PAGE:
In a January 1950 meeting in the Houston Coliseum, a photograph was taken of William Branham as he stood behind the pulpit, preaching. The photograph contains a streak of light above William Branham's head, and the Branham's followers believe that the photographer captured the same "Pillar of Fire" that led the Children of Israel out of Egypt — though the photographer and those seated in the photograph did not see it themselves. According to Branham, this was the same light that the Apostle Paul witnessed in the desert, and God allowed it to be photographed as a supernatural sign to his followers.
Followers believe that this picture was authenticated by the "head" of the Federal Bureau of Investigation, sent immediately to Washington, DC for verification, and hangs still today in a place called the "Religious Hall of Art." Branham claimed that George J. Lacy, the man who examined the photograph, was called in from California specifically to examine the photograph. Though Lacy was not employed by the FBI and was local to Houston, he did sit on the board for The American Society of Questioned Document Examiners, which was engaged by the Bureau from time to time.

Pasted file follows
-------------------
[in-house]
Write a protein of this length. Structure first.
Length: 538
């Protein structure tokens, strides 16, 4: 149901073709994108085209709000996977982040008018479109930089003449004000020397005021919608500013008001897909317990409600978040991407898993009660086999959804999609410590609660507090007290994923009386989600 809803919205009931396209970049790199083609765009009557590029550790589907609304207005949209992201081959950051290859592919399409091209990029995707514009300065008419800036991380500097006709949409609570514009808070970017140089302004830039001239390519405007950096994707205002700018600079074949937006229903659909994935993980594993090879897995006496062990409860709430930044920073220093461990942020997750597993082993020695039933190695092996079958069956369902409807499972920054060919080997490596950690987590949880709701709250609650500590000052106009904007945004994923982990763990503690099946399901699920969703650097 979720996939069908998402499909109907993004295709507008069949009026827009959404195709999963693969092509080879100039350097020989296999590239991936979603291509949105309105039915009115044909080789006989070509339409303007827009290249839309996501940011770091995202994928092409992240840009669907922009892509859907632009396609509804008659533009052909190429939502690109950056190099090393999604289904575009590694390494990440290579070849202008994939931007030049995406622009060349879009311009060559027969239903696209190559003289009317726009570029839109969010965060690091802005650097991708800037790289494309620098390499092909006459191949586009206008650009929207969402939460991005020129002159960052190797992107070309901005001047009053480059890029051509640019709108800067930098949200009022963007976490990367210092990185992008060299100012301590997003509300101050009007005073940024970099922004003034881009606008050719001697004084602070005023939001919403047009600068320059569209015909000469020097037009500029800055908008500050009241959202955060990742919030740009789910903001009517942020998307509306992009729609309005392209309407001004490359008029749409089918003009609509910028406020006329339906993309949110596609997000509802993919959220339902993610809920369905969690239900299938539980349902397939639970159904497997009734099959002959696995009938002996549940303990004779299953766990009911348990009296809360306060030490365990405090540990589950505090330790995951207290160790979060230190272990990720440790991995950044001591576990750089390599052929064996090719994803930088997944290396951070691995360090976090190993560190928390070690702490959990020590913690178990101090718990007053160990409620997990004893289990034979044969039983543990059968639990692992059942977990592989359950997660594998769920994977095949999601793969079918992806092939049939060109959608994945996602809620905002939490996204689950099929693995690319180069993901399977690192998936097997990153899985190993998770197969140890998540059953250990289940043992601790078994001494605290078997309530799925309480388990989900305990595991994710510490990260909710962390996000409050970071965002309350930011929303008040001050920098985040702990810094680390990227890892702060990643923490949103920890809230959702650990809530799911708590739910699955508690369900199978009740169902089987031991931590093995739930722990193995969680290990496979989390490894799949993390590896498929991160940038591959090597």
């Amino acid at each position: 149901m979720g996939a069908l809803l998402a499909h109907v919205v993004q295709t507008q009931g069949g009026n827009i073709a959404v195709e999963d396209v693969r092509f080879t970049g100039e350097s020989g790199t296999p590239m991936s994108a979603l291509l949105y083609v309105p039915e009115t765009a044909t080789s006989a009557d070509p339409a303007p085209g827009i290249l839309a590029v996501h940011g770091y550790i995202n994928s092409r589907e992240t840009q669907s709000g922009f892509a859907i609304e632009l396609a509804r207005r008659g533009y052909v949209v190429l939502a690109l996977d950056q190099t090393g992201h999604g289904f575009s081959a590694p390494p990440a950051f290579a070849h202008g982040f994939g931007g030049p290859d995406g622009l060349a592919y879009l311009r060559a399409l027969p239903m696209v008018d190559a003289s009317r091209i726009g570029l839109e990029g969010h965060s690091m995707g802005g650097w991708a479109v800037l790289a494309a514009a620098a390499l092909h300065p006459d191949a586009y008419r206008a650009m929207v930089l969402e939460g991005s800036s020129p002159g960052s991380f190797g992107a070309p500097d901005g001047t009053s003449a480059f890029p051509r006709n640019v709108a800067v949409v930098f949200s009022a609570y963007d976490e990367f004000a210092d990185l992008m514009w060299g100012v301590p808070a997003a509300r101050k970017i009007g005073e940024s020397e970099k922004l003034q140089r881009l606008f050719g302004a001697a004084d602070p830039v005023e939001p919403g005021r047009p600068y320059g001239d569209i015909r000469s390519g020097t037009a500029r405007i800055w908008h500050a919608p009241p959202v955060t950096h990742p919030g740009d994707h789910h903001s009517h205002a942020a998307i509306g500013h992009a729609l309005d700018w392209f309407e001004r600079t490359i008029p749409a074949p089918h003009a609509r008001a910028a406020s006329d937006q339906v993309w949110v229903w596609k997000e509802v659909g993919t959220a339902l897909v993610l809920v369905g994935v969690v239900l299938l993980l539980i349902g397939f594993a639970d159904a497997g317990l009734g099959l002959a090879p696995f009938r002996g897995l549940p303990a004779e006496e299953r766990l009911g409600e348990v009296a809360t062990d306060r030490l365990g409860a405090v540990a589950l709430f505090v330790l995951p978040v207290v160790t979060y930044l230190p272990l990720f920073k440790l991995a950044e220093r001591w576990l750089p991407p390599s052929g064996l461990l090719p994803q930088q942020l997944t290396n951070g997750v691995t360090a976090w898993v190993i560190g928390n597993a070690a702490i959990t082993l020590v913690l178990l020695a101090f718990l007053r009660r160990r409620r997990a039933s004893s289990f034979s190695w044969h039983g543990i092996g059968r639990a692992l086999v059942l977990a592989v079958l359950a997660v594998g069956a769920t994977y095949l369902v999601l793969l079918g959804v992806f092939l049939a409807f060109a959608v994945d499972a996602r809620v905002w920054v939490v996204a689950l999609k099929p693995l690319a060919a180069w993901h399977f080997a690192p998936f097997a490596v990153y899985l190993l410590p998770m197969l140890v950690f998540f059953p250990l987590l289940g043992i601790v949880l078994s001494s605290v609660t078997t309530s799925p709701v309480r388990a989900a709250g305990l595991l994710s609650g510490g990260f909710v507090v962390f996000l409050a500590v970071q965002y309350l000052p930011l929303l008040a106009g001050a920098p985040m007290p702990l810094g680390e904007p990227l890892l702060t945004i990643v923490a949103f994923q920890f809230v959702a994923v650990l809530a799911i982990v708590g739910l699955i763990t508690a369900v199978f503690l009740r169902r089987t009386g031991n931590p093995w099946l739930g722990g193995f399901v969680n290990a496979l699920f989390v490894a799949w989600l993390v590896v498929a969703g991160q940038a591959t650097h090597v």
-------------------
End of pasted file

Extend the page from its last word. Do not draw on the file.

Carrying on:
In his examination of the photograph, Lacy confirmed that the photograph had not been altered, but did not confirm the source of the light. And though the photograph is similar to other pictures taken in the Houston Coliseum, followers of Branham believe that the source of this light was a supernatural being. Though William Branham claimed that this photograph was the only one God allowed to develop, other photographs of the event were printed and published in the local newspapers.
After taking this particular picture, however, the photographer would not it until it was copyrighted with the Library of Congress. Because of this delay, an issue of Branham's magazine, The Voice of Healing, was held back until the photo was released.
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